Reports in the French and American newspapers over the past few weeks might lead one to believe that the collapse of France is imminent. I happened to be on vacation on the Cote D’Azur and in Paris in the midst of the latest political crisis — triggered by a revolt against President François Hollande and his prime minister, Manuel Valls, by left-wing cabinet members opposed to austerity — and at times the coverage by the French and English-language media reached a hysterical pitch. A second straight quarter of zero growth in the economy, along with higher unemployment and persistent budget deficits, seemed to many journalists to have pushed France to the brink.
I confess to a pro-French bias, but as a dual American-French citizen I still view my mother’s country with a critical eye. Vichy France’s World War II collaboration with the Germans looms large, as do the four unhappy years that my mother spent in the Sologne region under German occupation.
These days I’m disgusted by another version of collaboration by the French political and media elite, which slavishly follows German dictates in the name of “European unity.” France’s vainglorious idea of a federalized Europe has led to Germany’s renewed domination of its neighbors, since the euro has mainly benefitted that country at the expense of the rest of the European Union.
The French establishment, both left and right, refuses to admit that locking itself into a single European currency managed by a largely unaccountable central bank in Frankfurt has destroyed much of the country’s industrial capacity. It also refuses to acknowledge that German-imposed austerity has weakened France’s compassionate and efficient welfare state to the point that, ironically, a right-wing nationalist movement, the National Front, is filling much of the political void created by a left and center-right too ossified and frightened to face the truth.
To compete with tight-fisted, export-driven Germany, France needs to devalue its currency, but it can’t, since it doesn’t have its own currency. Barring the overthrow of German Chancellor Angela Merkel, the best solution for France is to leave the euro, let the reborn franc fall, and increase public spending as we do in the United States. Yes, such a move might shock markets and the worldwide banking elite. But the election of a National Front government in France would be more shocking by far. Every utterance by Hollande for maintaining the euro and “Europe” is another vote for National Front leader Marine Le Pen.
That said, I agree with New York Times columnist Paul Krugman that the French “crisis” is oversold. Krugman is too orthodox an economist to embrace the blasphemous concept of abandoning the euro and restoring the franc. Nevertheless, he’s right about the raw numbers, Hollande’s pathetic timidity, and the ideological element in the French debate. France’s overall gross domestic product growth since the 2008 crash has been better than average in troubled Europe. And there’s no doubt that free-market militants exaggerate France’s problems because they hate to see so much taxation and social spending by the state.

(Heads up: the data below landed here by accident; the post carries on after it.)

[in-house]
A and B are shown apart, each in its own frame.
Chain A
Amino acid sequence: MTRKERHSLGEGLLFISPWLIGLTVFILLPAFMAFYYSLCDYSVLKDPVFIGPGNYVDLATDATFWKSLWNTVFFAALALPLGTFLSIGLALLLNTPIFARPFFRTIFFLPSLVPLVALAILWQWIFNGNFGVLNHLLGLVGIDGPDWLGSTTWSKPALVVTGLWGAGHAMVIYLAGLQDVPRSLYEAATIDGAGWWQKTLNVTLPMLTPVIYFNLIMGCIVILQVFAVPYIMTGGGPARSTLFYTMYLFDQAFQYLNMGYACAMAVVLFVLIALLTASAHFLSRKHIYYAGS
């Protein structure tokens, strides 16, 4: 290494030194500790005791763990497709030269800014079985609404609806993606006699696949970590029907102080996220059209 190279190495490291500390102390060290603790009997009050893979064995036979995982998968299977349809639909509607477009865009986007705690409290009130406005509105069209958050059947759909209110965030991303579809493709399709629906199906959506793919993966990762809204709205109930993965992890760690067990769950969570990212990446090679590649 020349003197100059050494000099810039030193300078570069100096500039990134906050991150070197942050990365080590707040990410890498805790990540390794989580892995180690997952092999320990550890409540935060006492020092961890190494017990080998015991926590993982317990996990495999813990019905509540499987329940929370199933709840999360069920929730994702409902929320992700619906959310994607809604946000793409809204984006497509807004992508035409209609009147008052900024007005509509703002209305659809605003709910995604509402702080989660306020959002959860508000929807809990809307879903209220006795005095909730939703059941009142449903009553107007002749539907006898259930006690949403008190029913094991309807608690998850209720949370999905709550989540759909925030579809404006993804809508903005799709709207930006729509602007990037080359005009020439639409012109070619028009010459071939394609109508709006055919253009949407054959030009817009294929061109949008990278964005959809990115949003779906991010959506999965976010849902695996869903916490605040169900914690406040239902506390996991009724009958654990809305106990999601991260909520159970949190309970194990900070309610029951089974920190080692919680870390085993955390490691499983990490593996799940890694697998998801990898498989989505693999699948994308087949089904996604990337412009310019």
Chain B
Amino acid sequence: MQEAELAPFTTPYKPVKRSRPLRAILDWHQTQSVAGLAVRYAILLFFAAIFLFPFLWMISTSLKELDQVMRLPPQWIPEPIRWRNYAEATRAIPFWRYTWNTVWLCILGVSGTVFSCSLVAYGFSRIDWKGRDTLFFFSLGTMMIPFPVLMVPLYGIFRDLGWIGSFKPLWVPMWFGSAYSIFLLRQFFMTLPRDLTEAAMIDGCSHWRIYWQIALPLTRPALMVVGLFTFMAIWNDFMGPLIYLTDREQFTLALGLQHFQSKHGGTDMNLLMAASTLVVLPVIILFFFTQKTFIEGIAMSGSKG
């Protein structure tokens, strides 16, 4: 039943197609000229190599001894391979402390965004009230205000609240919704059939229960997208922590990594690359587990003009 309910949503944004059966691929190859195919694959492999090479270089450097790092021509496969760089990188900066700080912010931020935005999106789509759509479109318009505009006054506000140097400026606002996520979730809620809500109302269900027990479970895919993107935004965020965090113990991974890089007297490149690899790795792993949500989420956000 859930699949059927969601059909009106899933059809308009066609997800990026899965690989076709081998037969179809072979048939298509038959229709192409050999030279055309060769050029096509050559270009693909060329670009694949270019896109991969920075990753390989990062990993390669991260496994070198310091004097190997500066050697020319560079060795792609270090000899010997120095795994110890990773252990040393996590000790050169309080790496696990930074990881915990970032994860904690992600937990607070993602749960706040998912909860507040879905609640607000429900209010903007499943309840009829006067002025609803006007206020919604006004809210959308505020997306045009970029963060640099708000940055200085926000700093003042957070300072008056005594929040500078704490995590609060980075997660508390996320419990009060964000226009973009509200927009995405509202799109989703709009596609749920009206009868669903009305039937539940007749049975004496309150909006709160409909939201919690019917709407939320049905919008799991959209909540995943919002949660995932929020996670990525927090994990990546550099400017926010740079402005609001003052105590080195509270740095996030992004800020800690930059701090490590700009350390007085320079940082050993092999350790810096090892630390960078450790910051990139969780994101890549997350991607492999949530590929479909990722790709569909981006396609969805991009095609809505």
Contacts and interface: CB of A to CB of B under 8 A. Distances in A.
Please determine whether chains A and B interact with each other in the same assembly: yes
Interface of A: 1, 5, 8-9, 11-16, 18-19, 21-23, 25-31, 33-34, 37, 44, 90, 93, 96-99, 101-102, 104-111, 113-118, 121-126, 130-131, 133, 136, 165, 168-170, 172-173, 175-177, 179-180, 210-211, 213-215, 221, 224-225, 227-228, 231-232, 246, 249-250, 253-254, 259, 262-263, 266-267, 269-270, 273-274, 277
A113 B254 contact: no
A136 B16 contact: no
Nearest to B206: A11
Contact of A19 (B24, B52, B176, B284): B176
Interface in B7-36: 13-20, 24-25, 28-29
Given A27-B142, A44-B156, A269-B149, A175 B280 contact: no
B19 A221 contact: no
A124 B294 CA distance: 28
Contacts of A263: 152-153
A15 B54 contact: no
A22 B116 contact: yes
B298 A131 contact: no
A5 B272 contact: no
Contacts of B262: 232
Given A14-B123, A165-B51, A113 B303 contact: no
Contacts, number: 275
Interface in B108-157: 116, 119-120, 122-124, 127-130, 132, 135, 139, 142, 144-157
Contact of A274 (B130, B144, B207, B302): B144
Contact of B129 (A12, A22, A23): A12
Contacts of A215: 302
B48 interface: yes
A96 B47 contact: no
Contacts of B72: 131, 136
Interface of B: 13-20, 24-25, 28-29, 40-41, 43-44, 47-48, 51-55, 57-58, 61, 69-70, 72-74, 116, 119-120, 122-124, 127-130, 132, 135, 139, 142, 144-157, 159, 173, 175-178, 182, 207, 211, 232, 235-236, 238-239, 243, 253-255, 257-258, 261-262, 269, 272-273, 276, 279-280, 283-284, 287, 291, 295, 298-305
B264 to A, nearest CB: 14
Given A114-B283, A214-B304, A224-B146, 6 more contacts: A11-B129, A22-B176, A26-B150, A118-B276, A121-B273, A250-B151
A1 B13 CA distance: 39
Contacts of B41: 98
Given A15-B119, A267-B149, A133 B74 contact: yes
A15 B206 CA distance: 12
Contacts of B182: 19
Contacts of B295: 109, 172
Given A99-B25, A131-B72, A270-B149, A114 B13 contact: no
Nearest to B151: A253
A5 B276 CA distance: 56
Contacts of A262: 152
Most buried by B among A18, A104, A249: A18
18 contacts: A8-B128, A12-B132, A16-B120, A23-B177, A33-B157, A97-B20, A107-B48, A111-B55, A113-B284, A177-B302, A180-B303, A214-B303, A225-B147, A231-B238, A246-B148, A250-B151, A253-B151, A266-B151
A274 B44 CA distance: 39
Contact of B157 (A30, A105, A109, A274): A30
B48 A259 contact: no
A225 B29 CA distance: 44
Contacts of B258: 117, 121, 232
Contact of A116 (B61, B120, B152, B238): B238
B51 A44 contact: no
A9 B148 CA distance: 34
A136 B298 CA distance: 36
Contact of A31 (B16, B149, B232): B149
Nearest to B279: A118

But in all this handwringing, something essential gets lost. Pundits never seem to include the country’s social capital; they don’t take into account individual French behavior or the actual functioning of French institutions, large or small. I judge the health of French society by more intimate criteria. This informal list from my recent visit will, regrettably, never make it into a think-tank report:
-My wife and kids always comment, and I agree, that “all the food tastes better” than in New York, including the broccoli. At a very nice supermarket named Le Grand Frais on the outskirts of the inland town of Cogolin, every item of produce is identified by its country of origin.
-Always fearful in restaurants about my older daughter’s egg allergy, I’m reassured when the manager at La Verdoyante near the village of Gassin explains to us that the chef, who is her husband, either supervises or cooks everything that leaves the kitchen and that there are no prepackaged items from other vendors whose ingredients he can’t vouch for. (The same care is evident at Au Bon Accueil in Paris.)
-The high-speed TGV from the seaside town of Hyères to Paris is a splendid way to avoid air travel: 4 hours and 43 minutes of smooth, restful rail transit with perfectly decent café food that puts Amtrak to shame.
However, I have an even more telling example. In Paris, just off the train on a beautiful Saturday afternoon, we hurry to our local butcher, Les Viandes du Champs de Mars on the rue St. Dominique, where I request veal pounded thin to make scaloppini for dinner. My American half takes over and I suggest six slices to feed four people. The butcher tells me — correctly, I will later discover — that four slices will be plenty. “I am a bad butcher,” he tells me in French with a big smile. “I could have sold you more.” No, he’s a very good butcher — and one reason France is worth saving from the euro, the Germans, and narrow-minded economists everywhere.